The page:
WASHINGTON - DISILLUSIONED supporters of President George W Bush are defecting to Barack Obama, the Democratic senator for Illinois, as the White House candidate with the best chance of uniting a divided nation.
Tom Bernstein went to Yale University with Bush and co-owned the Texas Rangers baseball team with him. In 2004 he donated the maximum $2,000 to the president's reelection campaign and gave $50,000 to the Republican National Committee. This year he is switching his support to Obama. He is one of many former Bush admirers who find the Democrat newcomer appealing.
Matthew Dowd, Bush's chief campaign strategist in 2004, announced last month that he was disillusioned with the war in Iraq and the president's "my way or the highway" style of leadership - the first member of Bush's inner circle to denounce the leader's performance in office.
Although Dowd has yet to endorse a candidate, he said the only one he liked was Obama. "I think we should design campaigns that appeal, not to 51% of the people, but bring the country together as a whole," Dowd said.
Bernstein is a champion of human rights, who admires Obama's call for action on Darfur, while Dowd's opposition to the war has been sharpened by the expected deployment to Iraq of his son, an Arabic-speaking Army intelligence specialist.
But last week a surprising new name joined the chorus of praise for the antiwar Obama - that of Robert Kagan, a leading neoconservative and co-founder of the Project for the New American Century in the late 1990s, which called for the overthrow of Saddam Hussein.
Kagan is an informal foreign policy adviser to the Republican senator John McCain, who remains the favoured neoconservative choice for the White House because of his backing for the troops in Iraq.
But in an article in the Washington Post, Kagan wrote approvingly that a keynote speech by
Obama at the Chicago Council on Global Affairs was "pure John Kennedy", a neocon hero of the cold war.
In his speech, Obama called for an increase in defence spending and an extra 65,000 soldiers and 27,000 marines to "stay on the offense" against terrorism and ensure America had "the strongest, best-equipped military in the world". He talked about building democracies, stopping weapons of mass destruction and the right to take unilateral action to protect US "vital interests" if necessary, as well as the importance of building alliances.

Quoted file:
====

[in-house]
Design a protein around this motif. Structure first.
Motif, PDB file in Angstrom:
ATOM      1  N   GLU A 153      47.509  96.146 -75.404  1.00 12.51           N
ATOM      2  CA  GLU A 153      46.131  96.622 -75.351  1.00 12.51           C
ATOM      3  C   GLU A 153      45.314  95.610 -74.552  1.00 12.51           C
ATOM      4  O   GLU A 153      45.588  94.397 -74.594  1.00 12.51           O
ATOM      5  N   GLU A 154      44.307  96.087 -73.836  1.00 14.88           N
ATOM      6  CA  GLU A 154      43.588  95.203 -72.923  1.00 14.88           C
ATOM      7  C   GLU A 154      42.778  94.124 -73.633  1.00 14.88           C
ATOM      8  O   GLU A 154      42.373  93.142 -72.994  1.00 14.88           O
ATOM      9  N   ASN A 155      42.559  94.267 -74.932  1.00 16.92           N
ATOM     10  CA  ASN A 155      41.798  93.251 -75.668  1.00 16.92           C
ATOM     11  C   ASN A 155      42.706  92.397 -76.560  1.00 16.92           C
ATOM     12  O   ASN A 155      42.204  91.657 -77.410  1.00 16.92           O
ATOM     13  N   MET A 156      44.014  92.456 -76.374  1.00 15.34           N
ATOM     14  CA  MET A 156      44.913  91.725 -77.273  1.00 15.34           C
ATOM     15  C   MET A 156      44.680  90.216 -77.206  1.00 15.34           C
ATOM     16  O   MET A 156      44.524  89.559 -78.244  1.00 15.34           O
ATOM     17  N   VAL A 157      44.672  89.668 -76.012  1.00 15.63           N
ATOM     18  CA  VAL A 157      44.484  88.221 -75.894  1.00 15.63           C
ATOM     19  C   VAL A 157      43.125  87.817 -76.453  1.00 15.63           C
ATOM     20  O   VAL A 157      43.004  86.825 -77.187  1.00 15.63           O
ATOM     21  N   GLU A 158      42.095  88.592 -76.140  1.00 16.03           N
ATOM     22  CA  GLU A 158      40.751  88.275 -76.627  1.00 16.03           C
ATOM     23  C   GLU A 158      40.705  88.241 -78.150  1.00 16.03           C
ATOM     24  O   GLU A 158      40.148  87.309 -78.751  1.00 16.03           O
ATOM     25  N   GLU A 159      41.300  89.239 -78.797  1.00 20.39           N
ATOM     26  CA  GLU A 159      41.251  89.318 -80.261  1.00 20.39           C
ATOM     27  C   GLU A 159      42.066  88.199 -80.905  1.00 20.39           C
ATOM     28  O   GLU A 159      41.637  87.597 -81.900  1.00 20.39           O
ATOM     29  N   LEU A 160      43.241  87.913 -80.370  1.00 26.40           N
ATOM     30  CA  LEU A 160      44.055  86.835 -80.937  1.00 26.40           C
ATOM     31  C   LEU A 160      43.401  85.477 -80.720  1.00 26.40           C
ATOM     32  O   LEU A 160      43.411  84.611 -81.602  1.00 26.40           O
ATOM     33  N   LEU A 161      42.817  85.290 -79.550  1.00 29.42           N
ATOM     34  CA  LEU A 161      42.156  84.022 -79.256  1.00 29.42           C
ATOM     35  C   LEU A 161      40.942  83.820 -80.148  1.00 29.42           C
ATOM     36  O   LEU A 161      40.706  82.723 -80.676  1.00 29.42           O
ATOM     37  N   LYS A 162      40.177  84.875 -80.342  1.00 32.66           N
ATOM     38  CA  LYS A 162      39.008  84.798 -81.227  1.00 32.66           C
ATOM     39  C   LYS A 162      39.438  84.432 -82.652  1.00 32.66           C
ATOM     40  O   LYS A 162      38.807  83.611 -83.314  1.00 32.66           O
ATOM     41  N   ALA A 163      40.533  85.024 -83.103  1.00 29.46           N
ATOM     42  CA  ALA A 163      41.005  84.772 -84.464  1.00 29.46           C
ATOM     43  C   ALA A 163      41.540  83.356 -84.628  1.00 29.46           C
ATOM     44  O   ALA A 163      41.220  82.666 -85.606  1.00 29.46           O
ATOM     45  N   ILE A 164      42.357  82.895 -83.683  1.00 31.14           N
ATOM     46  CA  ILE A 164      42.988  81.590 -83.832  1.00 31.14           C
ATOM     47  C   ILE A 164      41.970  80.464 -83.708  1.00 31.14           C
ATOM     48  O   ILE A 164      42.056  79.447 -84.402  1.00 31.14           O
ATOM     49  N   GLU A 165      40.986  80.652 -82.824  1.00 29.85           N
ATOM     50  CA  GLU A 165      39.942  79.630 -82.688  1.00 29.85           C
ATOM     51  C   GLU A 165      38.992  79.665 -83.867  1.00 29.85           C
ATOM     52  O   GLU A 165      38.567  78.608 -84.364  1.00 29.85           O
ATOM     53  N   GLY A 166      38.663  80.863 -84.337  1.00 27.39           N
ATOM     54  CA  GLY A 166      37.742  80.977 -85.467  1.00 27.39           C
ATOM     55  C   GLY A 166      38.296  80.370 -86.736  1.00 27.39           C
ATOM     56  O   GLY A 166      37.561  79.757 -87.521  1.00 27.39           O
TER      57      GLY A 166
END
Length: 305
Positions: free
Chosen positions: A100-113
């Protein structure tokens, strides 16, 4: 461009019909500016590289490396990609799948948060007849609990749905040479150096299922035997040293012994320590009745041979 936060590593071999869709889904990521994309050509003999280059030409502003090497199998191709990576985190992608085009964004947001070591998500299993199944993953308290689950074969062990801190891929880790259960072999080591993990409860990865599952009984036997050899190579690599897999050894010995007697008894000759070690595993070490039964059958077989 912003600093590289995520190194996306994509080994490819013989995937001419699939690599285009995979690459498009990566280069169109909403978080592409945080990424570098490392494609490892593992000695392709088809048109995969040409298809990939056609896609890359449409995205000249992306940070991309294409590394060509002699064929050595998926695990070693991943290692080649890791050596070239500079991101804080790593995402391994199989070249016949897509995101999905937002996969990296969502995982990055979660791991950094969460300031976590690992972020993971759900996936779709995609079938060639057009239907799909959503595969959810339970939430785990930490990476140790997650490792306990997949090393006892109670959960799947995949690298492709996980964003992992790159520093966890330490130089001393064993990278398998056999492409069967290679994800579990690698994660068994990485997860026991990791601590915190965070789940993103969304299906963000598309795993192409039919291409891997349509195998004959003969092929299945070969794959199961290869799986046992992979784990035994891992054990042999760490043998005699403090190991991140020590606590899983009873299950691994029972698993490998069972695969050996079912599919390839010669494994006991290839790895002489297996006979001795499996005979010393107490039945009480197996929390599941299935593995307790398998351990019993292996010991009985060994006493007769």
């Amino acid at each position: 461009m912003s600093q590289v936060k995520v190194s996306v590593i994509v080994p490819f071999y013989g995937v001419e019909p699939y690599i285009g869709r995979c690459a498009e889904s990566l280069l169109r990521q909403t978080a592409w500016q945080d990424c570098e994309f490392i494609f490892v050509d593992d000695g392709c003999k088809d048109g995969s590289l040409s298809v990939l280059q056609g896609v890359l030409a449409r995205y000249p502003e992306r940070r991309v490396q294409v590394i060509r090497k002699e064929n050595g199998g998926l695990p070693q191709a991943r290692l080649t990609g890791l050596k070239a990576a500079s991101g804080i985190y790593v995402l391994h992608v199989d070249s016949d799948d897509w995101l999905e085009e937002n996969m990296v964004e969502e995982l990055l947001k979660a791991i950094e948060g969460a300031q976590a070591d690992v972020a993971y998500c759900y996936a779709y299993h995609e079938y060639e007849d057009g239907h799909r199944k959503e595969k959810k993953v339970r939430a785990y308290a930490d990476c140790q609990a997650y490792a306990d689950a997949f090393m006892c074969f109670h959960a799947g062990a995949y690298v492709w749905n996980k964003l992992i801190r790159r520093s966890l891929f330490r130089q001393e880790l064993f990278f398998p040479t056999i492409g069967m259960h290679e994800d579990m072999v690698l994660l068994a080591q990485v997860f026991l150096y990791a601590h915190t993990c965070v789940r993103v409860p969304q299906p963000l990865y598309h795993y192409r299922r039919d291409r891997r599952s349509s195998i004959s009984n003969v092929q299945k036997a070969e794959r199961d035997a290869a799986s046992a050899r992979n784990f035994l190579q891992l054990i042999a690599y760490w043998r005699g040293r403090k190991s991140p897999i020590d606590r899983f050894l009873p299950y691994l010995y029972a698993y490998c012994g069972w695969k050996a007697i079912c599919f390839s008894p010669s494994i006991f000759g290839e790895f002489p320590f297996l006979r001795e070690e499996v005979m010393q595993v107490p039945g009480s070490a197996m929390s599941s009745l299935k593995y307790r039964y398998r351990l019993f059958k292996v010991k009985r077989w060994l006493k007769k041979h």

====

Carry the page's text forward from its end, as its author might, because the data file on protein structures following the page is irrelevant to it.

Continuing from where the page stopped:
"Personally, I liked it," Kagan wrote.
Disagreements on the war have not stopped John Martin, a Navy reservist and founder of the website Republicans for Obama, from supporting the antiwar senator. He joined the military after the Iraq war and is about to be deployed to Afghanistan.
"I disagree with Obama on the war but I don't think it is a test of his patriotism," Martin says. "Obama has a message of hope for the country."
Financiers have also been oiling Obama's campaign. In Chicago, his home town, John Canning, a "Bush pioneer" and investment banker who pledged to raise $100,000 for the president in 2004, has given up on the Republicans. "I know lots of my friends in this business are disenchanted and are definitely looking for something different," he said.
Not to be outdone, Hillary Clinton has many Republican defectors of her own, including John Mack, chief executive of Morgan Stanley, who helped raise $200,000 for the president's reelection, qualifying him as a "Bush ranger". He said last week that he was impressed by Clinton's expertise. "I know we're associated mainly with the Republicans but we've always gone for the individual," Mack said.
According to figures compiled by the Center for Responsive Politics in Washington, Obama and Clinton have vacuumed up more than $750,000 (£375,000) in individual contributions from former Bush donors.
Some of the donations reflect the natural tendency of those with power to shift to the likely White House winner. Penny Pritzker, the staggeringly successful head of fundraising for Obama, voted for John Kerry, the 2004 Democratic candidate, but also donated that year to Bush. As she was a head of the family-run Hyatt hotel chain, it was considered a prudent move.
With the Democrats widely expected to win in 2008, Clinton's status as frontrunner is encouraging Wall Street money to migrate to her, while Obama may be picking up some mischievous "Stop Hillary" donations from still-loyal Republicans. But there is plenty of genuine enthusiasm to go around.
A poll released by Rasmussen last week showed Obama overtaking Clinton for the first time by 32% to 30%, although another poll by Quinnepiac showed her with a 14-point lead over the Illinois senator, her nearest rival.
The current issue of the New Yorker contains a profile of Obama, which highlights his appeal to conservatives.
For his optimism about the future, Obama has been dubbed the "black Ronald Reagan". He frequently challenges the black community to support two-parent families and encourage school students, instead of criticising them for "acting white".
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